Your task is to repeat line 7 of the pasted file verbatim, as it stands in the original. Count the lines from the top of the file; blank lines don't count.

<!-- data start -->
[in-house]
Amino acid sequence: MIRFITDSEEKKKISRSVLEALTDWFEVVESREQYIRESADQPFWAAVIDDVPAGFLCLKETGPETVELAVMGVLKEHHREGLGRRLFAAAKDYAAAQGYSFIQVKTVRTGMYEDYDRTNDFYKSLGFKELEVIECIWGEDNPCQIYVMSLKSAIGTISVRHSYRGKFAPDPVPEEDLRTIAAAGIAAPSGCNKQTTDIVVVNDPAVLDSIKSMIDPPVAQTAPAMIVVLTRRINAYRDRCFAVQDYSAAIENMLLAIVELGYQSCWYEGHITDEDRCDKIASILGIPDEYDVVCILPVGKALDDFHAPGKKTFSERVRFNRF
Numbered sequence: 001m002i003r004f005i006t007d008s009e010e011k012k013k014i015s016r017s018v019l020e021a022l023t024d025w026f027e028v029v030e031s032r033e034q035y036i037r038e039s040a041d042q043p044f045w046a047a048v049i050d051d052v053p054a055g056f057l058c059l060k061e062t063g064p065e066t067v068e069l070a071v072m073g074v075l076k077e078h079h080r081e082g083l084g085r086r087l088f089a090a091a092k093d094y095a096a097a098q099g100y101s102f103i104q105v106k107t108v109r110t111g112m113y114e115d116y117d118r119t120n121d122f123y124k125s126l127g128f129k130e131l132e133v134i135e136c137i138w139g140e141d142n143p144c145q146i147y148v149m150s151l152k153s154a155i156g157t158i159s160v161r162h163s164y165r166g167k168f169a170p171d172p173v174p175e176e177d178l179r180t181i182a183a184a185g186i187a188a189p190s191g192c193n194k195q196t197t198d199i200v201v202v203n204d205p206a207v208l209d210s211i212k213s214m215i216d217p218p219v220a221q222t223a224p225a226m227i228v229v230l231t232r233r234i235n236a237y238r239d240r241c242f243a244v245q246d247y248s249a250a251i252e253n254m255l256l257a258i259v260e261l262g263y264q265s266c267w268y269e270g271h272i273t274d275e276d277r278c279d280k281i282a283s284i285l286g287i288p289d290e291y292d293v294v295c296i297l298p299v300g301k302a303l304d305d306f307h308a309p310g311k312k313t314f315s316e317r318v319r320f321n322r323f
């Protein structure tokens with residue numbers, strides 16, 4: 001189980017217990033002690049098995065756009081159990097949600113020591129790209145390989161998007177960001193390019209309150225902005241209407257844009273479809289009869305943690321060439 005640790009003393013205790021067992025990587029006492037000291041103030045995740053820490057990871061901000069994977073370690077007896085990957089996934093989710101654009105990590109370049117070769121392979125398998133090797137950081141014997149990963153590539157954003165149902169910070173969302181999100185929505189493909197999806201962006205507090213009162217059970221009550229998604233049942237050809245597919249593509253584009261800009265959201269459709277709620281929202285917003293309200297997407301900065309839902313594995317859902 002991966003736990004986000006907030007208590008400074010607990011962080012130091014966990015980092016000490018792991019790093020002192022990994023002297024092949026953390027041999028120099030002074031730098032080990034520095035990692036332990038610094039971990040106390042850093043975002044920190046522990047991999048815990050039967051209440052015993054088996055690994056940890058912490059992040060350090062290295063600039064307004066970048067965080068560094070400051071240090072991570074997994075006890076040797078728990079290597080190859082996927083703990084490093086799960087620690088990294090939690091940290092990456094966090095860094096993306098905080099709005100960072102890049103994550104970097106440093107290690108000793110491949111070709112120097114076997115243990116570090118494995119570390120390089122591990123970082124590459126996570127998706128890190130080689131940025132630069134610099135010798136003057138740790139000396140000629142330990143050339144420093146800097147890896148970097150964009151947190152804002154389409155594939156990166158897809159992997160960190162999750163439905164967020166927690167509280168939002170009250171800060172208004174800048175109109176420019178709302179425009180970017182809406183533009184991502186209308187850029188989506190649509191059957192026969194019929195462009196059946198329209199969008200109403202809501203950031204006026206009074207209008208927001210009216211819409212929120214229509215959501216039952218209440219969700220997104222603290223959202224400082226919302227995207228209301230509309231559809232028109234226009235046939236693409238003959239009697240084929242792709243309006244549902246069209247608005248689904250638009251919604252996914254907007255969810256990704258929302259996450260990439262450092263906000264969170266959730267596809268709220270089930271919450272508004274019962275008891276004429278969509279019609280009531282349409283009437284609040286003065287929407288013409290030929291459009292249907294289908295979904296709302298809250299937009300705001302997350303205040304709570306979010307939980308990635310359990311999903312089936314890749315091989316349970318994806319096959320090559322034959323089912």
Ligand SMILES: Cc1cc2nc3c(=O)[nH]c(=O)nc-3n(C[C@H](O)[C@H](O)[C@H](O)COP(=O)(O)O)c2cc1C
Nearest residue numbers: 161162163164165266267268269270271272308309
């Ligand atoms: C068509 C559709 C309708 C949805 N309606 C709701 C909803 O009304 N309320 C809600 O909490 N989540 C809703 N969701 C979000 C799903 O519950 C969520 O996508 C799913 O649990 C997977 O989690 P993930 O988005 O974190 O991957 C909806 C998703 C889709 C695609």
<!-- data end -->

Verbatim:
């Ligand atoms: C068509 C559709 C309708 C949805 N309606 C709701 C909803 O009304 N309320 C809600 O909490 N989540 C809703 N969701 C979000 C799903 O519950 C969520 O996508 C799913 O649990 C997977 O989690 P993930 O988005 O974190 O991957 C909806 C998703 C889709 C695609």